How To Determine When You Ovulate

When trying to conceive or simply trying to learn about your own cycle, there are a few easy things you can do to determine when you may be ovulating. This way you will know when to have sex if you are trying to get pregnant, or abstain from unprotected sex if you are not trying to get pregnant. This article does not condone unprotected sex, but refers to it in the circumstance of trusting partners trying to conceive a baby.

Step 1

Take your temperature every morning before getting out of bed.  This is often referred to as taking your basal body temperature. The theory behind this is this. During your menstrual cycle, your body temperature varies during the different times in your cycle. What generally happens around the time of ovulation is that first, there may be a dip in your temperature the day before or the day of ovulation. Then, after ovulation has occurred, your temperature should rise about three tenths of a degree. The temperature will stay at this level or rise even higher until just before your next period is due. At that time, your temperature will drop and your period should arrive in the next day or two. This is, of course, unless you have become pregnant during this cycle. If you generally have a regular cycle, and your temperature has stayed at the high level for more than 16 days, there is a good possibility that you are pregnant.

Step 2

Check your cervical mucous daily.  Cervical mucous is the discharge you get. You may have never noticed it before or just have never thought about it. Your cervical mucous also varies throughout your cycle. First you have your period, then you have little or no discharge for a bit, then around the time of ovulation, the discharge will start to feel more wet when you wipe. It will get more slippery. Then at the most fertile time of your cycle (generally in the days leading up to ovulation), you will be getting a discharge that is similar in consistency to egg whites. In fact, this type of discharge is referred to as egg white cervical mucous. This mucous will be present for a few hours to a few days, after which it is most likely that you have ovulated. Your cervical mucous/discharge will dry up for about a week, or be pasty. Then, as your cycle nears its end, you will either have the pasty discharge or none at all. Then when your period arrives, that begins the next cycle.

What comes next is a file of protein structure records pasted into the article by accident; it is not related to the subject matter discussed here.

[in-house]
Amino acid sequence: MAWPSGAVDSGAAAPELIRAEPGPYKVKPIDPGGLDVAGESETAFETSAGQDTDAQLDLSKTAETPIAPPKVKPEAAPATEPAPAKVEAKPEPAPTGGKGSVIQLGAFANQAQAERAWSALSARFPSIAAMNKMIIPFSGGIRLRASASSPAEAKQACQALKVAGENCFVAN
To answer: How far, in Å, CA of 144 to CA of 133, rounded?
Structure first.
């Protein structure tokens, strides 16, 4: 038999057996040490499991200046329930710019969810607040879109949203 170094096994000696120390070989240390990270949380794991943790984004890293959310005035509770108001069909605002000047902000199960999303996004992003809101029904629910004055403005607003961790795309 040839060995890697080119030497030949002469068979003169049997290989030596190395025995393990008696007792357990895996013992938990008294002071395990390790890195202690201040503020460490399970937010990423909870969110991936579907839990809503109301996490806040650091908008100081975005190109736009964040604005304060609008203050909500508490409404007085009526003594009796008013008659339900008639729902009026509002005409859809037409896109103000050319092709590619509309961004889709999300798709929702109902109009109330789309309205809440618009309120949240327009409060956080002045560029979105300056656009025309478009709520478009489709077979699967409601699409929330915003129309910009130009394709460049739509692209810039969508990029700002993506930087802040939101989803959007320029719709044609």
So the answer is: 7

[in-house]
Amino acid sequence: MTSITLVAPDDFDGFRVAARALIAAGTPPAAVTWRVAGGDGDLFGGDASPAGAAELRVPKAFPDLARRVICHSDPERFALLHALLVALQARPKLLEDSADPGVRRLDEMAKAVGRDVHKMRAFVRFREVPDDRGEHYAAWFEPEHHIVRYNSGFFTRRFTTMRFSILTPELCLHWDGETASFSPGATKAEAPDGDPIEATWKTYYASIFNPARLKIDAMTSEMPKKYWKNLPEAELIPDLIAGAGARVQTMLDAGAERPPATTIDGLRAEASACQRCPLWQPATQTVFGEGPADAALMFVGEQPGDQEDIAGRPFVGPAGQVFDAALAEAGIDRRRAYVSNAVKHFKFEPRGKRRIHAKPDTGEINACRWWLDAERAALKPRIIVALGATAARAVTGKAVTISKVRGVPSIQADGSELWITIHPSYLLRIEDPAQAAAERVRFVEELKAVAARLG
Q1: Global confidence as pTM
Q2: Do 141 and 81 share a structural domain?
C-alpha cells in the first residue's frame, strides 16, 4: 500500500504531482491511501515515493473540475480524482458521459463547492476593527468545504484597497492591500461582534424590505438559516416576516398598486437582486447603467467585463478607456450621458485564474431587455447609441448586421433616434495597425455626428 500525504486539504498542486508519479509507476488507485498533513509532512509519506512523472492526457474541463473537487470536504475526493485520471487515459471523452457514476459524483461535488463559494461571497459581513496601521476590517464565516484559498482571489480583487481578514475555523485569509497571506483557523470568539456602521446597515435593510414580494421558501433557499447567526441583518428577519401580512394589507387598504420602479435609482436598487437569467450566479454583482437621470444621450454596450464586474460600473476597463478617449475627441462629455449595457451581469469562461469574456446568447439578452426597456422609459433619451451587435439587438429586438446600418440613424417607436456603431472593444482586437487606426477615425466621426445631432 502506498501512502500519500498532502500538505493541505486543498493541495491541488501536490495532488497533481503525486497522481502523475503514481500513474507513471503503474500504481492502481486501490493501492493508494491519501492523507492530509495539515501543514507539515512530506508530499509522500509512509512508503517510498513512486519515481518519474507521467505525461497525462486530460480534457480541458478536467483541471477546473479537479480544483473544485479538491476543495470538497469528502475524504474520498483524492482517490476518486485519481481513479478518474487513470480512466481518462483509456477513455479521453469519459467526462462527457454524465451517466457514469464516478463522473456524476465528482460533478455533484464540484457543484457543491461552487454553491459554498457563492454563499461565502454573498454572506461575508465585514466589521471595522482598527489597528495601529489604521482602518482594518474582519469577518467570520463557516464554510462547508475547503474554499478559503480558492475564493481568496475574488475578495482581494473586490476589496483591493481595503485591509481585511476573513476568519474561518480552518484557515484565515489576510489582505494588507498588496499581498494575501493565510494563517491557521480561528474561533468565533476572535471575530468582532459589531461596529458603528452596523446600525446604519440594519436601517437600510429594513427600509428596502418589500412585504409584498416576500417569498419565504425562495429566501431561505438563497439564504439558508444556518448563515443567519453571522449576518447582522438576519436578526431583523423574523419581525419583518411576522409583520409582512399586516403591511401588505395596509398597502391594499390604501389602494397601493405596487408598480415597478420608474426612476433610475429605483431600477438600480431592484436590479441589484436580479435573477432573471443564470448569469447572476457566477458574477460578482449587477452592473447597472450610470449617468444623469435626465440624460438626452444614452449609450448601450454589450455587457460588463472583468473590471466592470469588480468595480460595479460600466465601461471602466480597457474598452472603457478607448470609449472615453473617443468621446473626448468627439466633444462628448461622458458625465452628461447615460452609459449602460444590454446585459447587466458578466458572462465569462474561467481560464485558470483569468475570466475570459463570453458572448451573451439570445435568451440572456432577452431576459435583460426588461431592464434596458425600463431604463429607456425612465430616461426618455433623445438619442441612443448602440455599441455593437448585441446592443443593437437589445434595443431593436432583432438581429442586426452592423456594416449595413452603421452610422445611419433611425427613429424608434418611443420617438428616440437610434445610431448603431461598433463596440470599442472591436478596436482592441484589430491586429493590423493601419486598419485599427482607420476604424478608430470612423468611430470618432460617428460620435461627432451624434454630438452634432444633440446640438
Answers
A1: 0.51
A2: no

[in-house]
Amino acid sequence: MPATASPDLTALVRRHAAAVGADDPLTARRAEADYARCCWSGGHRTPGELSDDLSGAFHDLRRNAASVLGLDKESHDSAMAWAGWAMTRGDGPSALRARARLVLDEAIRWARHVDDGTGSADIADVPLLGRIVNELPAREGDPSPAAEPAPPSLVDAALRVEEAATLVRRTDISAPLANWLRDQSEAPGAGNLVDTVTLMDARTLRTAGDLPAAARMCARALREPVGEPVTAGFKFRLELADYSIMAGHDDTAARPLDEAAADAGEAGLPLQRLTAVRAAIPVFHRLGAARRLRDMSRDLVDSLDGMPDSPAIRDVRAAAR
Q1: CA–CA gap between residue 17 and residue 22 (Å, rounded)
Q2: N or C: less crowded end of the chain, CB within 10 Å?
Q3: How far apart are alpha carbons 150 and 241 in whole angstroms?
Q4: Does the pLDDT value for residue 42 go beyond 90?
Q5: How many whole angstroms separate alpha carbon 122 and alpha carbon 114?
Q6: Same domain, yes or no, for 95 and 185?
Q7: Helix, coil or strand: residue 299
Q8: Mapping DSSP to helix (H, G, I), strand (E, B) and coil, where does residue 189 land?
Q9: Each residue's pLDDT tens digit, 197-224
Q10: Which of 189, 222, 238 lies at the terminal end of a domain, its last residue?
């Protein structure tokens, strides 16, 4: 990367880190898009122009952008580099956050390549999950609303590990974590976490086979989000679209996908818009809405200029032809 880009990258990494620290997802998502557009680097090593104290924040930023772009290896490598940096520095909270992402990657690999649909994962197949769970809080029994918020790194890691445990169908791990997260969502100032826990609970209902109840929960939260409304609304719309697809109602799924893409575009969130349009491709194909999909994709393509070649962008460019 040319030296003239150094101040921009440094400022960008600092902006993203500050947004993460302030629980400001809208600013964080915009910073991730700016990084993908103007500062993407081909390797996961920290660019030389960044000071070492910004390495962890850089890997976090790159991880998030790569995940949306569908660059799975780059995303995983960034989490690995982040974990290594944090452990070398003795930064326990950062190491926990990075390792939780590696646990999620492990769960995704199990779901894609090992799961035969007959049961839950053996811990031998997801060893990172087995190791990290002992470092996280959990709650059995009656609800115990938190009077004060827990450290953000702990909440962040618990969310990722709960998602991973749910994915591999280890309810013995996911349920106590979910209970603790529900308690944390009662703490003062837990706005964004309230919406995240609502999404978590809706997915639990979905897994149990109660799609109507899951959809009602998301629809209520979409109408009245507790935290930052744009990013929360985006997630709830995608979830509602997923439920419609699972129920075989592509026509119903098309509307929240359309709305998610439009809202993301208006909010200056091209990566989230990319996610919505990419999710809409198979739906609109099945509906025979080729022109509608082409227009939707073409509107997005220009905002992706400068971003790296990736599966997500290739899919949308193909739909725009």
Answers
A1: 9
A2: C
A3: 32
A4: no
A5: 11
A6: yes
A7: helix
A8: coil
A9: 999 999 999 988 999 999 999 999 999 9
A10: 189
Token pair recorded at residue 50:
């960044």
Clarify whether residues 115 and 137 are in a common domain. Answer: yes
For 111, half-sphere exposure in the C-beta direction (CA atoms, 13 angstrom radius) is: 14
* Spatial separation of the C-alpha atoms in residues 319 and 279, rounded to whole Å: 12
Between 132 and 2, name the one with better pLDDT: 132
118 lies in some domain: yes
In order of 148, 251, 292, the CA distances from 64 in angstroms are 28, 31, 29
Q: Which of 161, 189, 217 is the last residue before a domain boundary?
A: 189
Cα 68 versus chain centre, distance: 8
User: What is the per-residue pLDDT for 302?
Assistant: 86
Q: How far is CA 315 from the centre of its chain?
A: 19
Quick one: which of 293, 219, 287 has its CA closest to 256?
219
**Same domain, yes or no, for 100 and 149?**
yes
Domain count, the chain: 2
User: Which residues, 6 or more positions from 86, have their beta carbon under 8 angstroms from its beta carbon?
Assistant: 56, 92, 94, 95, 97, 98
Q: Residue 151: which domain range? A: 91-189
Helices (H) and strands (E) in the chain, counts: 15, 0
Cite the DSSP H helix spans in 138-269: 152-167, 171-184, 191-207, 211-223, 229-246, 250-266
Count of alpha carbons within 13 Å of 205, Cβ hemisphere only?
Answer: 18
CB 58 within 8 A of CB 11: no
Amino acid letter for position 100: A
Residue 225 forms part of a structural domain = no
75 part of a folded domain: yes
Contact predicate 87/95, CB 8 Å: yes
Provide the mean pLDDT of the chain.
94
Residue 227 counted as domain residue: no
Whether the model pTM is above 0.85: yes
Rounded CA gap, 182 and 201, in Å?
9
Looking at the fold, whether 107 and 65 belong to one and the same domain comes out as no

Step 3

In conjunction with the prior pointers, get yourself an ovulation test. These tests come in various forms. There are expensive kits that you can get at any drug store. They can cost up to and over one hundred dollars! There are also ovulation test strips that can be purchased online. Do an Internet search for 'ovulation test strips' and you should find sites that provide very good deals on these strips. Compare the first two sites and find the packages that will suit you the best. The tests, kits and strips work like this. There is a hormone released in your body to stimulate your ovaries to release mature eggs. This hormone is called Luteinizing Hormone (LH). The hormone peaks around 12 to 48 hours before ovulation. The strips/tests work by detecting the levels of LH in your urine. When the levels surge and peak, the test will be at its darkest and you can assure yourself that you will ovulate within the next 12 to 48 hours. Don't forget, if you purchase your tests online, they may not come with instructions so all you have to do is refer back to the website they were purchased from and they post their instructions there.

So, take your temperature every morning and write it down, keep an eye on your cervical mucous, and get yourself some ovulation test strips. These three things together will allow you to conclusively determine when you are going to ovulate.


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